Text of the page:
My grandfather was a god to me, bronzed
from secret Ashkenazi blood and tattooed
with the scars of a workingman’s life.
Mechanical things perceived his supremacy
and did as he bid. Midas-like, he could transform
trash into treasure, turned Goodwill garbage
into a golden dresser graced with brass lion heads
the size of quarters biting the rings of the drawer pulls.
With his own hands, he built a house for his wife,
the pine door frames bleeding the resinous sap
of their marriage for years on end.
He rose from the hard-packed earth
of immigrant Milwaukee, an elm sapling
growing as beautiful as he was sturdy.
In the attic he shared with his brothers,
I see him breaking the glassy skin of ice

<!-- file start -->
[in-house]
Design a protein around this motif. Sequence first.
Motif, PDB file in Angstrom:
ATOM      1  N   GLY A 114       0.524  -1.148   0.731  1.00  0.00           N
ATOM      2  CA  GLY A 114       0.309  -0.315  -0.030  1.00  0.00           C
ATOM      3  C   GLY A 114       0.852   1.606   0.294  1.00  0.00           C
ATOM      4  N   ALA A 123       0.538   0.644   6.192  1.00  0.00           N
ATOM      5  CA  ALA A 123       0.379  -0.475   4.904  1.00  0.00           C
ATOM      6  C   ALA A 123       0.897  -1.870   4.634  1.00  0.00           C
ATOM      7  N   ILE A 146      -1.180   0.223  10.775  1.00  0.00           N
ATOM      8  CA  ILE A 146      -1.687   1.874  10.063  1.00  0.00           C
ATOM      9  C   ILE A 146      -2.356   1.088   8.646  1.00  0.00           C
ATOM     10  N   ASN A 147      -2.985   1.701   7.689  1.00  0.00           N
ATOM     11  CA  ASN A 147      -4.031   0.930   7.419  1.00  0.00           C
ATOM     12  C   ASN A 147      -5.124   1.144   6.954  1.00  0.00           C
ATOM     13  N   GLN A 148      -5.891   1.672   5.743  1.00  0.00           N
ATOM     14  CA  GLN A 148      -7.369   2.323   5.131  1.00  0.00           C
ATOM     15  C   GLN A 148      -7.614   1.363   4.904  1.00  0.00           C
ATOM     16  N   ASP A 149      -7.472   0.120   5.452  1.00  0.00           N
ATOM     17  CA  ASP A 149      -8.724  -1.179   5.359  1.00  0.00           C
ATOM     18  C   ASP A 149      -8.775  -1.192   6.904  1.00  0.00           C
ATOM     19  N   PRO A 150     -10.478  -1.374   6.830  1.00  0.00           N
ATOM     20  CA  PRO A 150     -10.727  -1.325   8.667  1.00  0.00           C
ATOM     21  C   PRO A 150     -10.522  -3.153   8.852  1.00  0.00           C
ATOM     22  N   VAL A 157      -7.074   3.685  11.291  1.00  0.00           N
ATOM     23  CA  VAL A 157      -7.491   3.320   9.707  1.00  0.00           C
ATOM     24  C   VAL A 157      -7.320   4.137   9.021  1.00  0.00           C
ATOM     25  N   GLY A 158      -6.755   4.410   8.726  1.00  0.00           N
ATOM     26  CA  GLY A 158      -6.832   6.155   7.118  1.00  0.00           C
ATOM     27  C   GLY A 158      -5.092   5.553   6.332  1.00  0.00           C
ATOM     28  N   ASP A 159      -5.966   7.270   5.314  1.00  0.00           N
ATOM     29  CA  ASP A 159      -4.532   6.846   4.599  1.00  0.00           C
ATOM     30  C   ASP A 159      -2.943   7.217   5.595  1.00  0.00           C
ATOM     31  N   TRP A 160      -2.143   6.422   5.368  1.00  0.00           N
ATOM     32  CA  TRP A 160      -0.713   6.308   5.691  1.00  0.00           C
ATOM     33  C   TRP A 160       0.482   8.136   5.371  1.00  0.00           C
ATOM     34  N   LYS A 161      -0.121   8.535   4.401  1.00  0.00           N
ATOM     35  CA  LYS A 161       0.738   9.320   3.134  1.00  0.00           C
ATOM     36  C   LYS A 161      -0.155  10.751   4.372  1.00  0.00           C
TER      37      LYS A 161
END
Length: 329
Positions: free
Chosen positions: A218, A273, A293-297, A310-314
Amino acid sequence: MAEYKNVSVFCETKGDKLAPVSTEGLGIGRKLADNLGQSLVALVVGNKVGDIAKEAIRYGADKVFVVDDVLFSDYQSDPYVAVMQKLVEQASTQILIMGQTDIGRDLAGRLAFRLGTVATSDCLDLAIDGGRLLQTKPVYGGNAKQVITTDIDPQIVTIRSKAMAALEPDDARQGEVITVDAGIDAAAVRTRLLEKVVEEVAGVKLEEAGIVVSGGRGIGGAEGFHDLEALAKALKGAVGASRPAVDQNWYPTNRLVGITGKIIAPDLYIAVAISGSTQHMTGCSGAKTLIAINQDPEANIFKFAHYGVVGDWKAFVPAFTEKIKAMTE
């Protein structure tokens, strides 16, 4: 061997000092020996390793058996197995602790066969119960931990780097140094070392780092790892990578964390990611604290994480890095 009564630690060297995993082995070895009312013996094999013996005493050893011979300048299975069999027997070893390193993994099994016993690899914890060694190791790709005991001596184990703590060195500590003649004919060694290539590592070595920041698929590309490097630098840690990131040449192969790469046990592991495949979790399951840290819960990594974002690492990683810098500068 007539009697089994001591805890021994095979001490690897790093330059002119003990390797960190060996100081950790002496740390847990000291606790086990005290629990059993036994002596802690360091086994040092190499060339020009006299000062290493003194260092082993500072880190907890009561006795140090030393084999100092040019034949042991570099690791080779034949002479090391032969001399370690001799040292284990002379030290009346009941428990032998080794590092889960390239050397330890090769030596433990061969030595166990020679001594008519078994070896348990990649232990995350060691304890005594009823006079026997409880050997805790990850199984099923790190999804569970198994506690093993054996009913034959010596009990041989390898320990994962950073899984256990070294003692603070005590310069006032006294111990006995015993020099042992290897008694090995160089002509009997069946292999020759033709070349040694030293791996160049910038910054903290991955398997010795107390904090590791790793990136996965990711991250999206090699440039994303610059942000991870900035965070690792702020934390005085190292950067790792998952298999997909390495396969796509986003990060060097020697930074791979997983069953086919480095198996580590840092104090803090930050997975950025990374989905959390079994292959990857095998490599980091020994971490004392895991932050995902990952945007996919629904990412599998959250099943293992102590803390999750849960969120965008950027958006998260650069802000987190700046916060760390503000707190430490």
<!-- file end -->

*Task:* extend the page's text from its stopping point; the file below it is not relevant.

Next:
atop a chipped china bowl, mornings,
to splash glacial water on his callow cheeks.
It was so cold, he would say, with every telling,
you could see the frost on the heads of the nails,
which glinted, I imagine, like constellations
of frozen stars he could touch, so close
he was, always, to heaven.
by Yvonne Zipter, from Kissing the Long Face of the Greyhound (Terrapin Books, 2020)
buy link: https://www.terrapinbooks.com/store/p32/Kissing_the_Long_Face_of_the_Greyhound.html
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